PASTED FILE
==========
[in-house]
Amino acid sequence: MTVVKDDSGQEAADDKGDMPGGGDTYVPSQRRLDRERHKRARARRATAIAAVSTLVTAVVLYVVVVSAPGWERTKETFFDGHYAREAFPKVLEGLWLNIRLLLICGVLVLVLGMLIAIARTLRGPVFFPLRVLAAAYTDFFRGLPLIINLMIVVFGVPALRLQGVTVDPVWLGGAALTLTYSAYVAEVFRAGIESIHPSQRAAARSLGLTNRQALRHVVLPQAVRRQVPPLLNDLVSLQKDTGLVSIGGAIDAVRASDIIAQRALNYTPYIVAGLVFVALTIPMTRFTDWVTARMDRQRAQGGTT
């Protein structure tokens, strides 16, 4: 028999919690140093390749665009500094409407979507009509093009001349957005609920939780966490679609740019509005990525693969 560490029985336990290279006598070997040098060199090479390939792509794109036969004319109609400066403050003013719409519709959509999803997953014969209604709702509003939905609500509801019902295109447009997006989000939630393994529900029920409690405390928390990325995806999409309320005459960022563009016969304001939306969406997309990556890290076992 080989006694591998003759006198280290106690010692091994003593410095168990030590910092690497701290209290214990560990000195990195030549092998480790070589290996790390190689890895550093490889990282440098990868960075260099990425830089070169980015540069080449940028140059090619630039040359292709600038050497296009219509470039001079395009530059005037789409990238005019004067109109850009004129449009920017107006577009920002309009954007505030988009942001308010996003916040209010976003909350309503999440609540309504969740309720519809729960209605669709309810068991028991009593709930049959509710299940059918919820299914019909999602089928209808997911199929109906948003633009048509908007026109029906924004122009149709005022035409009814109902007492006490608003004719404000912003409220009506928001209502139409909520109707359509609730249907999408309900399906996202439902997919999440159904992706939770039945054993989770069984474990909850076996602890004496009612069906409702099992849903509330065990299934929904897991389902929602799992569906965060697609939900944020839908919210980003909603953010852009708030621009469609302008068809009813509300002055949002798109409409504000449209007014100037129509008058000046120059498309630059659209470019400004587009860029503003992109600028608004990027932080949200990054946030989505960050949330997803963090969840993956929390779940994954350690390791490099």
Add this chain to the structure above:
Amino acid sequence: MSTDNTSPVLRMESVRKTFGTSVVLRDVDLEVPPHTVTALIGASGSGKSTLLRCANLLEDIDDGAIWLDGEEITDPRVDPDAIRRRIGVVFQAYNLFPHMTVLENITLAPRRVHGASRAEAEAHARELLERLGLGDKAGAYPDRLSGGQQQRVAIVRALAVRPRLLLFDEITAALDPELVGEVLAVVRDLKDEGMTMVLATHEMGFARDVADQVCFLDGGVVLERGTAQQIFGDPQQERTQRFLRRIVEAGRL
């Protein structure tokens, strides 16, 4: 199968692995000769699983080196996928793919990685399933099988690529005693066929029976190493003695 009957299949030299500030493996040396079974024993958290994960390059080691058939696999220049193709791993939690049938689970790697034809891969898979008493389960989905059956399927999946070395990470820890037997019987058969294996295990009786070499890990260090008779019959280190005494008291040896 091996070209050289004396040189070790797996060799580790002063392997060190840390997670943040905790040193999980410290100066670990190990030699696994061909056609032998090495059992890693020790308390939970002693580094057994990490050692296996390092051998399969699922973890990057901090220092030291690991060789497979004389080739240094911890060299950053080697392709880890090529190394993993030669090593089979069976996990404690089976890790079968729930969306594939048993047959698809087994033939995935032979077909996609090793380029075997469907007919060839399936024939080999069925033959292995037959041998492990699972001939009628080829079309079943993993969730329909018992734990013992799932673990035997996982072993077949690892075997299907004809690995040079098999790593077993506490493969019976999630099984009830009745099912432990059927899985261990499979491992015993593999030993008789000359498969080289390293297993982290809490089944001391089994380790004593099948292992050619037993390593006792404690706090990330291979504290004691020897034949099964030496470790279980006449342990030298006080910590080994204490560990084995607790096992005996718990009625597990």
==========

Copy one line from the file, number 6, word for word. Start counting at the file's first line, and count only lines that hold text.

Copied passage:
């Protein structure tokens, strides 16, 4: 199968692995000769699983080196996928793919990685399933099988690529005693066929029976190493003695 009957299949030299500030493996040396079974024993958290994960390059080691058939696999220049193709791993939690049938689970790697034809891969898979008493389960989905059956399927999946070395990470820890037997019987058969294996295990009786070499890990260090008779019959280190005494008291040896 091996070209050289004396040189070790797996060799580790002063392997060190840390997670943040905790040193999980410290100066670990190990030699696994061909056609032998090495059992890693020790308390939970002693580094057994990490050692296996390092051998399969699922973890990057901090220092030291690991060789497979004389080739240094911890060299950053080697392709880890090529190394993993030669090593089979069976996990404690089976890790079968729930969306594939048993047959698809087994033939995935032979077909996609090793380029075997469907007919060839399936024939080999069925033959292995037959041998492990699972001939009628080829079309079943993993969730329909018992734990013992799932673990035997996982072993077949690892075997299907004809690995040079098999790593077993506490493969019976999630099984009830009745099912432990059927899985261990499979491992015993593999030993008789000359498969080289390293297993982290809490089944001391089994380790004593099948292992050619037993390593006792404690706090990330291979504290004691020897034949099964030496470790279980006449342990030298006080910590080994204490560990084995607790096992005996718990009625597990």